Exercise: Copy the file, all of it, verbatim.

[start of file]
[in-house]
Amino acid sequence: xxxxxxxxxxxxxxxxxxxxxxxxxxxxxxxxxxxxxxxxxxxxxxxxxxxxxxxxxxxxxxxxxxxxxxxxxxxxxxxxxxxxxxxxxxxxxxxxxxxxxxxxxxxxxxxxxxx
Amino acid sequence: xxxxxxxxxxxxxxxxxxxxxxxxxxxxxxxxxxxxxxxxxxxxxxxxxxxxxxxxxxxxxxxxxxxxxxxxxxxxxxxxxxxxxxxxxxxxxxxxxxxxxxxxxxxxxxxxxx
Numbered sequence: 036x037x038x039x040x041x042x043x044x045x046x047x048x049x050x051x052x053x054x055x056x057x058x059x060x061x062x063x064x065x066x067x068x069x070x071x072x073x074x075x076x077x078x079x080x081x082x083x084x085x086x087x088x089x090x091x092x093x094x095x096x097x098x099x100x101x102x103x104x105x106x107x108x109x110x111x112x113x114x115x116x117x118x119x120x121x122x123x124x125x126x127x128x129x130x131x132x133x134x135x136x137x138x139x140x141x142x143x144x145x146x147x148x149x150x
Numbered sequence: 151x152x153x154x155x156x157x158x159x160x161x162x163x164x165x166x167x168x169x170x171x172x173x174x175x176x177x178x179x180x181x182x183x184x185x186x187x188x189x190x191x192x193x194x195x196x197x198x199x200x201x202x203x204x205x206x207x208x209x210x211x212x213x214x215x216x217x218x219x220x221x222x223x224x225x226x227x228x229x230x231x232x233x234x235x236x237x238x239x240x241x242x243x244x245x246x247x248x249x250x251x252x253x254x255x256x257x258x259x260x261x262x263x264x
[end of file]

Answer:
[in-house]
Amino acid sequence: xxxxxxxxxxxxxxxxxxxxxxxxxxxxxxxxxxxxxxxxxxxxxxxxxxxxxxxxxxxxxxxxxxxxxxxxxxxxxxxxxxxxxxxxxxxxxxxxxxxxxxxxxxxxxxxxxxx
Amino acid sequence: xxxxxxxxxxxxxxxxxxxxxxxxxxxxxxxxxxxxxxxxxxxxxxxxxxxxxxxxxxxxxxxxxxxxxxxxxxxxxxxxxxxxxxxxxxxxxxxxxxxxxxxxxxxxxxxxxx
Numbered sequence: 036x037x038x039x040x041x042x043x044x045x046x047x048x049x050x051x052x053x054x055x056x057x058x059x060x061x062x063x064x065x066x067x068x069x070x071x072x073x074x075x076x077x078x079x080x081x082x083x084x085x086x087x088x089x090x091x092x093x094x095x096x097x098x099x100x101x102x103x104x105x106x107x108x109x110x111x112x113x114x115x116x117x118x119x120x121x122x123x124x125x126x127x128x129x130x131x132x133x134x135x136x137x138x139x140x141x142x143x144x145x146x147x148x149x150x
Numbered sequence: 151x152x153x154x155x156x157x158x159x160x161x162x163x164x165x166x167x168x169x170x171x172x173x174x175x176x177x178x179x180x181x182x183x184x185x186x187x188x189x190x191x192x193x194x195x196x197x198x199x200x201x202x203x204x205x206x207x208x209x210x211x212x213x214x215x216x217x218x219x220x221x222x223x224x225x226x227x228x229x230x231x232x233x234x235x236x237x238x239x240x241x242x243x244x245x246x247x248x249x250x251x252x253x254x255x256x257x258x259x260x261x262x263x264x